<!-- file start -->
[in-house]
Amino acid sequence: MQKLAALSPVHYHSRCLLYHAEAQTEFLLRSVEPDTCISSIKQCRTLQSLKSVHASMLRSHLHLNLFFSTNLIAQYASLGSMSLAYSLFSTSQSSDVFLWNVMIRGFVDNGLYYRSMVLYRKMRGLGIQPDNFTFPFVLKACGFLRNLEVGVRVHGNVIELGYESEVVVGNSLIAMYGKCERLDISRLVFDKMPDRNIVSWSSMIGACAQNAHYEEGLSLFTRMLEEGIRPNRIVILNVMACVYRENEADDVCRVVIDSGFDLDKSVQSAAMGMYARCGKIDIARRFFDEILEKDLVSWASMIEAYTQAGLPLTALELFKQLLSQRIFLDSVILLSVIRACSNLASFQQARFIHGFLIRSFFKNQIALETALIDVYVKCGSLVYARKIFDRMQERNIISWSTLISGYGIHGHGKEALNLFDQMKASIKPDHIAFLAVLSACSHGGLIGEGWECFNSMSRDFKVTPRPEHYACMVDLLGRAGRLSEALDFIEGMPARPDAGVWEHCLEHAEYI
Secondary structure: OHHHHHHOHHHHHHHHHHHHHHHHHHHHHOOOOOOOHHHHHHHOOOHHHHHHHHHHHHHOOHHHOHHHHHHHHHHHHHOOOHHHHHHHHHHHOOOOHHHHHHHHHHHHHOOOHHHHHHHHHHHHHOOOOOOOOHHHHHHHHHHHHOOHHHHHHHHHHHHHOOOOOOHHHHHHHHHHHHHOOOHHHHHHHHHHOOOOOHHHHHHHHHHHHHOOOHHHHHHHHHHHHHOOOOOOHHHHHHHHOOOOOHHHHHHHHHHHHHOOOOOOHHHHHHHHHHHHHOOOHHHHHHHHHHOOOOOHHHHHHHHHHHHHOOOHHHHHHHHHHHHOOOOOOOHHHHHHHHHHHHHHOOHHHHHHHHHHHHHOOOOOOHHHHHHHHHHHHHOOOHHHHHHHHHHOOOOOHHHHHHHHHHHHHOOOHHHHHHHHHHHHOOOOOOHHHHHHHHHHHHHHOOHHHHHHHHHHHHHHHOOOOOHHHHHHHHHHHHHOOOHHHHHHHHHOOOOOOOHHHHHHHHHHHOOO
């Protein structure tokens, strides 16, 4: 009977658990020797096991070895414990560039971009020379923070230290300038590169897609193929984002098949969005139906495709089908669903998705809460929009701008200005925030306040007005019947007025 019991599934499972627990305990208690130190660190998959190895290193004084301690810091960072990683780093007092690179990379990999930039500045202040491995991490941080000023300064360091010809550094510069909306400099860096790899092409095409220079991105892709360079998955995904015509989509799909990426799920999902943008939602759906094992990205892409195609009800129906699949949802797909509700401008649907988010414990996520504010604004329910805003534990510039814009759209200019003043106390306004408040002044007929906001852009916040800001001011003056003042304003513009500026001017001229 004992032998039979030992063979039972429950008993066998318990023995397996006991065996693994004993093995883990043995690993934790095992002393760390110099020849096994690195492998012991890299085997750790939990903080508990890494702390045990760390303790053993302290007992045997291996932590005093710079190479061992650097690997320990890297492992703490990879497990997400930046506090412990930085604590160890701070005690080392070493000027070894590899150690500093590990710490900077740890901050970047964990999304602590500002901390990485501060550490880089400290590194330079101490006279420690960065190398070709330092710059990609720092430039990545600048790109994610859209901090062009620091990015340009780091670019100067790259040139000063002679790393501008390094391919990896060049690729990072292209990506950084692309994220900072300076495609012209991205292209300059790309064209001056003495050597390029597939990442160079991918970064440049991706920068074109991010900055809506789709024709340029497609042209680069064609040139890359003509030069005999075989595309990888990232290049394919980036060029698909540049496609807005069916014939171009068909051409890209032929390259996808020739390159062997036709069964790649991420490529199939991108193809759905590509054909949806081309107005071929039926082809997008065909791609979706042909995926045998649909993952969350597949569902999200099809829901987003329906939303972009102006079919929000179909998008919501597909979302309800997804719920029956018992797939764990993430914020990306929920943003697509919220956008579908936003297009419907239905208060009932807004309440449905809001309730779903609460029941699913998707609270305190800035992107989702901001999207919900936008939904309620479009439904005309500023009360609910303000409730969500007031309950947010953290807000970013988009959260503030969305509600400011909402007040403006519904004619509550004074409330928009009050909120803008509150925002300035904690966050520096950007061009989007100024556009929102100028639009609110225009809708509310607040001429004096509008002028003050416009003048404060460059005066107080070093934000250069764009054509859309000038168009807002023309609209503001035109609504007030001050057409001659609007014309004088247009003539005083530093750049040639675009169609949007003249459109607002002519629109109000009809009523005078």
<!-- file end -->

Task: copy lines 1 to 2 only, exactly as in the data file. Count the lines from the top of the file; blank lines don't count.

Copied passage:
[in-house]
Amino acid sequence: MQKLAALSPVHYHSRCLLYHAEAQTEFLLRSVEPDTCISSIKQCRTLQSLKSVHASMLRSHLHLNLFFSTNLIAQYASLGSMSLAYSLFSTSQSSDVFLWNVMIRGFVDNGLYYRSMVLYRKMRGLGIQPDNFTFPFVLKACGFLRNLEVGVRVHGNVIELGYESEVVVGNSLIAMYGKCERLDISRLVFDKMPDRNIVSWSSMIGACAQNAHYEEGLSLFTRMLEEGIRPNRIVILNVMACVYRENEADDVCRVVIDSGFDLDKSVQSAAMGMYARCGKIDIARRFFDEILEKDLVSWASMIEAYTQAGLPLTALELFKQLLSQRIFLDSVILLSVIRACSNLASFQQARFIHGFLIRSFFKNQIALETALIDVYVKCGSLVYARKIFDRMQERNIISWSTLISGYGIHGHGKEALNLFDQMKASIKPDHIAFLAVLSACSHGGLIGEGWECFNSMSRDFKVTPRPEHYACMVDLLGRAGRLSEALDFIEGMPARPDAGVWEHCLEHAEYI